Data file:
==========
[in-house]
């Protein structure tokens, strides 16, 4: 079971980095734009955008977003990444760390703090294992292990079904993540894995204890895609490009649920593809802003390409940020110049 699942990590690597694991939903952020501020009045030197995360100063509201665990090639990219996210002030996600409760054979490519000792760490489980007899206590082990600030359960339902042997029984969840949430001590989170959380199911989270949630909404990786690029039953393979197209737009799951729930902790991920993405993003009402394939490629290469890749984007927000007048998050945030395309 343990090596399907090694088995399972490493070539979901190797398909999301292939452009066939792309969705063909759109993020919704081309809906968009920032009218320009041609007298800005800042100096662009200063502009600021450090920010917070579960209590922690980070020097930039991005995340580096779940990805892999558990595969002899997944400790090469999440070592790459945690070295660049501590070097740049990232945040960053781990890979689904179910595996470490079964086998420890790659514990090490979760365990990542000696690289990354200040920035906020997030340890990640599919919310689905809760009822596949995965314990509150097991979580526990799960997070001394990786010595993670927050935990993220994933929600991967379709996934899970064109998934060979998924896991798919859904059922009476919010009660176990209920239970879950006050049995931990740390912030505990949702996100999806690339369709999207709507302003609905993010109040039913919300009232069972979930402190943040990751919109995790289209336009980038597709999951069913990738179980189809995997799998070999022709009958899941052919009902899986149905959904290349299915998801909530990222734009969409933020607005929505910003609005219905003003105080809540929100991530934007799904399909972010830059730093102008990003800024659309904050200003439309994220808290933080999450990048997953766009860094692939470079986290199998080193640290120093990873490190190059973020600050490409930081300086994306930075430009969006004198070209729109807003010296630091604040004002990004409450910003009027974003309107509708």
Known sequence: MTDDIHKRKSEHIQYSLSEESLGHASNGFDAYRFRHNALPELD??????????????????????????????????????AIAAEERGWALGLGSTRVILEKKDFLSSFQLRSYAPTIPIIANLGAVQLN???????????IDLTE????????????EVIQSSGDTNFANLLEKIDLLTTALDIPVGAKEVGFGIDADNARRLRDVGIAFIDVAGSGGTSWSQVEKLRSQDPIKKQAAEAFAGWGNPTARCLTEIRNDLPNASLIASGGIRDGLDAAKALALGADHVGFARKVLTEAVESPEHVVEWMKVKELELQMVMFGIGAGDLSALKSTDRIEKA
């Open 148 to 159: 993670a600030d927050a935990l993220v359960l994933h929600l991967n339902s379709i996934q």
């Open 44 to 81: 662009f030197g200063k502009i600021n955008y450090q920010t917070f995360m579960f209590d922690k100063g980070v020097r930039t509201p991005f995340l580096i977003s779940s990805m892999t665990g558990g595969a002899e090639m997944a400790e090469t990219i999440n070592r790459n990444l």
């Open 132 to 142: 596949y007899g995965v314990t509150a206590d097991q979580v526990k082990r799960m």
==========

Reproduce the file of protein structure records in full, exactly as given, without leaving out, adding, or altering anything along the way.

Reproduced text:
[in-house]
């Protein structure tokens, strides 16, 4: 079971980095734009955008977003990444760390703090294992292990079904993540894995204890895609490009649920593809802003390409940020110049 699942990590690597694991939903952020501020009045030197995360100063509201665990090639990219996210002030996600409760054979490519000792760490489980007899206590082990600030359960339902042997029984969840949430001590989170959380199911989270949630909404990786690029039953393979197209737009799951729930902790991920993405993003009402394939490629290469890749984007927000007048998050945030395309 343990090596399907090694088995399972490493070539979901190797398909999301292939452009066939792309969705063909759109993020919704081309809906968009920032009218320009041609007298800005800042100096662009200063502009600021450090920010917070579960209590922690980070020097930039991005995340580096779940990805892999558990595969002899997944400790090469999440070592790459945690070295660049501590070097740049990232945040960053781990890979689904179910595996470490079964086998420890790659514990090490979760365990990542000696690289990354200040920035906020997030340890990640599919919310689905809760009822596949995965314990509150097991979580526990799960997070001394990786010595993670927050935990993220994933929600991967379709996934899970064109998934060979998924896991798919859904059922009476919010009660176990209920239970879950006050049995931990740390912030505990949702996100999806690339369709999207709507302003609905993010109040039913919300009232069972979930402190943040990751919109995790289209336009980038597709999951069913990738179980189809995997799998070999022709009958899941052919009902899986149905959904290349299915998801909530990222734009969409933020607005929505910003609005219905003003105080809540929100991530934007799904399909972010830059730093102008990003800024659309904050200003439309994220808290933080999450990048997953766009860094692939470079986290199998080193640290120093990873490190190059973020600050490409930081300086994306930075430009969006004198070209729109807003010296630091604040004002990004409450910003009027974003309107509708």
Known sequence: MTDDIHKRKSEHIQYSLSEESLGHASNGFDAYRFRHNALPELD??????????????????????????????????????AIAAEERGWALGLGSTRVILEKKDFLSSFQLRSYAPTIPIIANLGAVQLN???????????IDLTE????????????EVIQSSGDTNFANLLEKIDLLTTALDIPVGAKEVGFGIDADNARRLRDVGIAFIDVAGSGGTSWSQVEKLRSQDPIKKQAAEAFAGWGNPTARCLTEIRNDLPNASLIASGGIRDGLDAAKALALGADHVGFARKVLTEAVESPEHVVEWMKVKELELQMVMFGIGAGDLSALKSTDRIEKA
């Open 148 to 159: 993670a600030d927050a935990l993220v359960l994933h929600l991967n339902s379709i996934q």
């Open 44 to 81: 662009f030197g200063k502009i600021n955008y450090q920010t917070f995360m579960f209590d922690k100063g980070v020097r930039t509201p991005f995340l580096i977003s779940s990805m892999t665990g558990g595969a002899e090639m997944a400790e090469t990219i999440n070592r790459n990444l």
């Open 132 to 142: 596949y007899g995965v314990t509150a206590d097991q979580v526990k082990r799960m």